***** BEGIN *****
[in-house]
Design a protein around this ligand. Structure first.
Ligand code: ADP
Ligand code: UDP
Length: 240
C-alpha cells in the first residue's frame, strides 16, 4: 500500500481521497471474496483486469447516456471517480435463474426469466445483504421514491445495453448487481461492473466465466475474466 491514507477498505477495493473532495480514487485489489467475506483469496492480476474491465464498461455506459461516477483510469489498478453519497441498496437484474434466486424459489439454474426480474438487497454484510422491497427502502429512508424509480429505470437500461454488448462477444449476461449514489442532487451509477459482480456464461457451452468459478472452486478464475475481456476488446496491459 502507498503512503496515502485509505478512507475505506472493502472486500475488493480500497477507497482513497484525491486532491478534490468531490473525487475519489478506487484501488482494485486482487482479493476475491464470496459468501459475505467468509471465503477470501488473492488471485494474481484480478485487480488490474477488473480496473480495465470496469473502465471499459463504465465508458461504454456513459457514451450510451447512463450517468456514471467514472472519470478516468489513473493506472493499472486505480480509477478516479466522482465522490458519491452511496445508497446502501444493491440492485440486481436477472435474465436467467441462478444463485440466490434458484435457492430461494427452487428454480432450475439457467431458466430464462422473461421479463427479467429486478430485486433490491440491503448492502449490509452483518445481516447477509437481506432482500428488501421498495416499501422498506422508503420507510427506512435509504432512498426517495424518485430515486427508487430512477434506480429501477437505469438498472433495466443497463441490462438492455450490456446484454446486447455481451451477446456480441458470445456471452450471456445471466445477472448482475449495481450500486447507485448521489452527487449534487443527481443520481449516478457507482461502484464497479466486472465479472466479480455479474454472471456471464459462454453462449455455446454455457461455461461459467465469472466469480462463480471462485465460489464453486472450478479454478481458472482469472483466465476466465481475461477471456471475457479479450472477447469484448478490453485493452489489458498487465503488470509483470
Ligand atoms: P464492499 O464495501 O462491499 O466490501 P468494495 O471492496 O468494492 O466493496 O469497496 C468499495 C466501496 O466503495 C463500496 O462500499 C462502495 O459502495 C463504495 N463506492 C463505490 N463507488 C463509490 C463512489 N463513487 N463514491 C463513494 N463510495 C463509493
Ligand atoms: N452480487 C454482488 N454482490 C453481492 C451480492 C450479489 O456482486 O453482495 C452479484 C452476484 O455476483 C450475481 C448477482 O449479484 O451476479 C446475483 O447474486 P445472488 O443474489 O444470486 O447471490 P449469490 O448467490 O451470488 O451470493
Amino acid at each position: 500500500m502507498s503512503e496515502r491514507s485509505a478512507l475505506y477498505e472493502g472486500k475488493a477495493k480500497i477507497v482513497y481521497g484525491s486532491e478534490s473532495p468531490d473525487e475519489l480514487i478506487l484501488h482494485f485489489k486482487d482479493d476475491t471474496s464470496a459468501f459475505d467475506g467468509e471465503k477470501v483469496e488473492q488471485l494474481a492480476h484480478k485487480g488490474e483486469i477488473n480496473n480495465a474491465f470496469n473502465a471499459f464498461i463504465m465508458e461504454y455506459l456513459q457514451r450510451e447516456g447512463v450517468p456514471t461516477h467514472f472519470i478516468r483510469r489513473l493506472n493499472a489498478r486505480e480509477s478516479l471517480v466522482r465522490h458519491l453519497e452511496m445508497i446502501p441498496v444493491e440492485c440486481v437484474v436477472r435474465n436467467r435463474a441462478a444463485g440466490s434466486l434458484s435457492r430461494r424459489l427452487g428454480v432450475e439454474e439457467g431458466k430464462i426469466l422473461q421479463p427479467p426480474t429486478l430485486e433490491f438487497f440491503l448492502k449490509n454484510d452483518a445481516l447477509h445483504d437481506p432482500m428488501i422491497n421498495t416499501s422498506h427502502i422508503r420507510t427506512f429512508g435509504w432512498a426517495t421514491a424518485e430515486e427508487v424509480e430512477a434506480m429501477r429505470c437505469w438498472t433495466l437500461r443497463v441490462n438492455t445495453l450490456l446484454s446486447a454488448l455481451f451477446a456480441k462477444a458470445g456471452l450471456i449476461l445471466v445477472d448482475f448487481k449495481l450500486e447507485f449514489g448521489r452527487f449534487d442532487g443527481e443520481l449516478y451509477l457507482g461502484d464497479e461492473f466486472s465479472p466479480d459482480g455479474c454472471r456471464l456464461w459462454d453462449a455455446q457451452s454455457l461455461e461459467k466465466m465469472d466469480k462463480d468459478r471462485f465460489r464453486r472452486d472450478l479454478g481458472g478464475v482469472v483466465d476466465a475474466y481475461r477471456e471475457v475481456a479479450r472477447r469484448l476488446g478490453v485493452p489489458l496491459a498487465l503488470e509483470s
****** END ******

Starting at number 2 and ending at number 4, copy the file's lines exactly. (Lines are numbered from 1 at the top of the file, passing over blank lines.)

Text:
Design a protein around this ligand. Structure first.
Ligand code: ADP
Ligand code: UDP